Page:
Out of the Blue of the Western Sky
by Major Doug O’Brien –
“Out of the blue of the Western sky…” I was probably 6 or 7-years old when I heard that phrase for the first time. It was the introduction to a 1950s television show about Sky King and his daughter Penny. The show had the drama of a western and the interest of a high tech show. In this show, Sky King owned and flew his own plane. Planes were still a novelty in the ’50s. People dressed up just to go to the airport, and put on a jacket and tie to ride the plane.
I lived in San Francisco then. It was an international city with great food, world-class sights and the pungent smells of ethnic neighborhoods tucked tightly beside the sophisticated shops of Maiden Lane and Union Square. I remember watching chauffeurs open the doors of their parked limousines when their white-gloved matrons returned from shopping.
In the days of suits and ties and white gloved matrons, Salvationists wore midnight blue stand-up collar tunics. Diane and I still have the ones we got married in hanging in a closet somewhere. Probably not many people remember that we didn’t always wear a white shirt and tie under those tunics. If there was free time between meetings, people would take their tunics off, or unbutton them, and all kinds of shirts would appear: cheap T-shirts, bold print shirts, or sometimes tacky shirts with logos.
I don’t really miss that hard plastic collar in those stand-up tunics. Now I’ve got midnight blue lapel tunics, but I wear fatigue uniforms most of the time. I’ve heard that the officers in some territories are moving to some kind of uniform blazer. The kids there are already wearing a kind of uniform sweatshirt.
For as long as I can remember, people have been talking about their uniforms—what they have to wear and when they have to wear it. Following a Sunday when cadets were visiting a local corps, the hot topic was whether or not the ladies should have taken off their hats during Sunday school.
I suppose change is inevitable. The white gloves in Union Square have come off. People don’t need to wear a jacket and tie to ride a plane. Maybe we’re ready to get rid of our blue tunics altogether—really get out of the blues in the Western sky.
But I think questions of when and where we wear uniform are less important than why we wear them. We have respect in the community because of the self-sacrificing work of officers and soldiers over the years. When my dad was a young officer, there were times when he didn’t have enough money to buy the Sunday paper. Officers paid the bills at the corps before they took their allowances because the mission had priority on their lives. The uniform was great—they didn’t need a closet full of clothes, and they didn’t ever worry about what to wear.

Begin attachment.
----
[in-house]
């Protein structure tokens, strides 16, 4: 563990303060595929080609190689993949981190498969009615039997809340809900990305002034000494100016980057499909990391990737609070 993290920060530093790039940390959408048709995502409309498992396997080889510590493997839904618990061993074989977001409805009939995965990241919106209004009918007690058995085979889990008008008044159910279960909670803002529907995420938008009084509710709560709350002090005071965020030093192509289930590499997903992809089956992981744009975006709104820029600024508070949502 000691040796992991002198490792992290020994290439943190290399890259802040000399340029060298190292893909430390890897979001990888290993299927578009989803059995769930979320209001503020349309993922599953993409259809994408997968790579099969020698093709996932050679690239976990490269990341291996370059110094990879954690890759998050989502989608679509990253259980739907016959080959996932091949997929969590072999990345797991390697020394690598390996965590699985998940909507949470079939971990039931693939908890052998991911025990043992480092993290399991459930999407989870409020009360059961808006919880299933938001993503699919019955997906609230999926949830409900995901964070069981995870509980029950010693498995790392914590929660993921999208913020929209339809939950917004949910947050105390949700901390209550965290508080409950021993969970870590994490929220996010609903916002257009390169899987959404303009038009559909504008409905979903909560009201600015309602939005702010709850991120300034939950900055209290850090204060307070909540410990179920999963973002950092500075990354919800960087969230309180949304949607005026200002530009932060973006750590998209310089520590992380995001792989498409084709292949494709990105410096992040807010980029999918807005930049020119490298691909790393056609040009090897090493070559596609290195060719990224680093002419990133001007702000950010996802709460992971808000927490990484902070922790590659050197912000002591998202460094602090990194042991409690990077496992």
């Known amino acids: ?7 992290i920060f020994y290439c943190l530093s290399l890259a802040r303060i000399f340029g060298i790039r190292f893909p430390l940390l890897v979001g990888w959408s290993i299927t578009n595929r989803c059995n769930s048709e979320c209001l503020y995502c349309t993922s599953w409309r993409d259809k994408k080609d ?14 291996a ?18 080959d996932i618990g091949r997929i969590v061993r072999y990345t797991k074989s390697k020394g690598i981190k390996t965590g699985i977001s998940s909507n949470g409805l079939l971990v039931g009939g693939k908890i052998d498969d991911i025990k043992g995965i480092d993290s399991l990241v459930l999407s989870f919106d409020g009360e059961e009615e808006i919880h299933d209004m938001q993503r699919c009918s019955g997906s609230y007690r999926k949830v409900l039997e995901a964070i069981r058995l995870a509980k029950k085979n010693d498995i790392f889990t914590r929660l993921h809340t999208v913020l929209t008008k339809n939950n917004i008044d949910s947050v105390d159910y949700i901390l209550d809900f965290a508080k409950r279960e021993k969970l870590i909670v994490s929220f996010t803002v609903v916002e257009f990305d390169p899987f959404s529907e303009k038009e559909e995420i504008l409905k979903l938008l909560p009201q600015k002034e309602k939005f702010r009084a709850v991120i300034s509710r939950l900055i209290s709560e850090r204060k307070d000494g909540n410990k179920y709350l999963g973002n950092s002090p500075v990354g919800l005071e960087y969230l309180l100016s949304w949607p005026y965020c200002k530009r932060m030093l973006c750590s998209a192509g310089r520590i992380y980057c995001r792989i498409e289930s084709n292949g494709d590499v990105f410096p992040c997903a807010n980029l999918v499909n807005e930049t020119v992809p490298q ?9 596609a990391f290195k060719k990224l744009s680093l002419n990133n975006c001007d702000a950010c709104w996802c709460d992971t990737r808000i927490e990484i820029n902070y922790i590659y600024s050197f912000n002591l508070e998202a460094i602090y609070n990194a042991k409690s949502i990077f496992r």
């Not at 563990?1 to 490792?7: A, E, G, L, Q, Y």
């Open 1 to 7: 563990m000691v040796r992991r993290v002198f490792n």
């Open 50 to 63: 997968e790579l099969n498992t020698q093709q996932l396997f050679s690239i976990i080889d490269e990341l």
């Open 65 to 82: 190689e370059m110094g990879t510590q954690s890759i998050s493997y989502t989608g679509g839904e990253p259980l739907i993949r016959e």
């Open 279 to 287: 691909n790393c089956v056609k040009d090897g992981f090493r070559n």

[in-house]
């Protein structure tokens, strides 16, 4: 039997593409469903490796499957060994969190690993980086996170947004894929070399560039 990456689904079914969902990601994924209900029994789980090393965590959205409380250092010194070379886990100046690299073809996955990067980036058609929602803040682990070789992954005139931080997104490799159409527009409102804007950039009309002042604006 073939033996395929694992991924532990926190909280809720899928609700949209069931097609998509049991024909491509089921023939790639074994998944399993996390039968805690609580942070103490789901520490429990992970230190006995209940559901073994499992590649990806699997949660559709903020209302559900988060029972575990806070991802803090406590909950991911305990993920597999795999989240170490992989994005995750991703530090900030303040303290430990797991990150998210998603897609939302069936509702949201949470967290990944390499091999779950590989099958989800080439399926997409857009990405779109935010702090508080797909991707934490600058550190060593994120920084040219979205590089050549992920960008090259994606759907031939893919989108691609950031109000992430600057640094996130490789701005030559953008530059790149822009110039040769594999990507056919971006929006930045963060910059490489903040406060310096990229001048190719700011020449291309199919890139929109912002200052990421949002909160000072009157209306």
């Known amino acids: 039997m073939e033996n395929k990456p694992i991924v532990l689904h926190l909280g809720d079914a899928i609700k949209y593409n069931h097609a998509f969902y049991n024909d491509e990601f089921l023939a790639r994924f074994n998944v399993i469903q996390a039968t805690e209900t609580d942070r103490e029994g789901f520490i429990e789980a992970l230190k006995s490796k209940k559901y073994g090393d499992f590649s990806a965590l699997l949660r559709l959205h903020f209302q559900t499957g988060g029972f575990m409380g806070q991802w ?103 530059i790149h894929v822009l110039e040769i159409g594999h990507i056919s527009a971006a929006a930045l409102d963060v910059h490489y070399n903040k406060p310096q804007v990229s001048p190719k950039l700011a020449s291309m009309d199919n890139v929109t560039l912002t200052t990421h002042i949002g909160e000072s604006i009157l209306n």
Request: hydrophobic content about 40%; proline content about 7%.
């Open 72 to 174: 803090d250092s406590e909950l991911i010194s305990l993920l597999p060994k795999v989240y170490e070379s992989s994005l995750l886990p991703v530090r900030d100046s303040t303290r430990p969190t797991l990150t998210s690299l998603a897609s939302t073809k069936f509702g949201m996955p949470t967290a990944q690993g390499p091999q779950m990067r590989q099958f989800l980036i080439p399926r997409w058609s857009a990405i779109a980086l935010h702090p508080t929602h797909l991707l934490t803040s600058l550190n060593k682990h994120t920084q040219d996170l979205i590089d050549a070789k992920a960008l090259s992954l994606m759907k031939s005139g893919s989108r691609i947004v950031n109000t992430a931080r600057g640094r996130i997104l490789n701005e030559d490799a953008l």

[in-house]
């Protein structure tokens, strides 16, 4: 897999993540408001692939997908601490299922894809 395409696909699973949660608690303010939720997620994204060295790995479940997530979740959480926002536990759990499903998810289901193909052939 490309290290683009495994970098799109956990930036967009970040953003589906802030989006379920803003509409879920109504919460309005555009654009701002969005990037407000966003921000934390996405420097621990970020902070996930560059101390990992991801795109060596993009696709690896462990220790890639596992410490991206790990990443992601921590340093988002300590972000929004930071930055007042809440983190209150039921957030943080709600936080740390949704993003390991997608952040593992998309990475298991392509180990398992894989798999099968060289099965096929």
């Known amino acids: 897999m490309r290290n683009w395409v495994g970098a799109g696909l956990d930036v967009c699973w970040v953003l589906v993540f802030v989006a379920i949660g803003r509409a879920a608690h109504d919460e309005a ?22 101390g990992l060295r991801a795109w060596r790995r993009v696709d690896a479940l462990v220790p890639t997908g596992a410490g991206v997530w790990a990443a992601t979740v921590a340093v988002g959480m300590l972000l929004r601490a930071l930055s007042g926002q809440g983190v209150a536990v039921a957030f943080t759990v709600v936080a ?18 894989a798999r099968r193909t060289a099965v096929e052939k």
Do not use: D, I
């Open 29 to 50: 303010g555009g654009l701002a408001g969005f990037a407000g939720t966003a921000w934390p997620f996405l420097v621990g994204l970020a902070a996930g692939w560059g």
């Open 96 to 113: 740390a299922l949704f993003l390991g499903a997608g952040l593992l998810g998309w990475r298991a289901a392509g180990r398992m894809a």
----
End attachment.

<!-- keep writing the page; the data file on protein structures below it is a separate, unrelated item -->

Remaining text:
I think our Salvation Army uniforms are still a good thing. But I’m anxious when issues about uniforms are cosmetic and superficial. I heard a complaint once that the colors of the uniform were “unflattering”—black and white gave this woman a “washed-out” look. I’ve heard the comment that people—especially kids—don’t want to wear a uniform, as if uniform wearing were a cultural heritage of our Victorian past. I laughed at a recent youth council when I noticed that all the leaders in my row were wearing their uniform of choice: jeans and tennis shoes. My kids want to wear the same clothes the other kids wear, have their hair cut the way the other kids do, and they use the same distinctive phrases when they talk to each other. They’re wearing uniforms, all right.
Our Salvation Army culture used to be one that emphasized a dedicated, simple lifestyle where personal preferences were set aside for the cause of Christ. The uniform was one of the ways that gave witness to our mission and culture – we were not a people chasing after fashion; we were a people who chose to live simply. We agreed on a uniform that was distinctive—that would immediately call attention to ourselves—because we wanted to witness for Christ. The uniform I wear still works that way. People still initiate conversations with me because I’m in my uniform and I have a chance to talk about the difference Christ has made in my life.
Perhaps people who are always looking for an opportunity to take the uniform off—claiming it is unfashionable or irrelevant—don’t share my vision of Army culture. We are a people of discipline and simplicity—or at least we were once.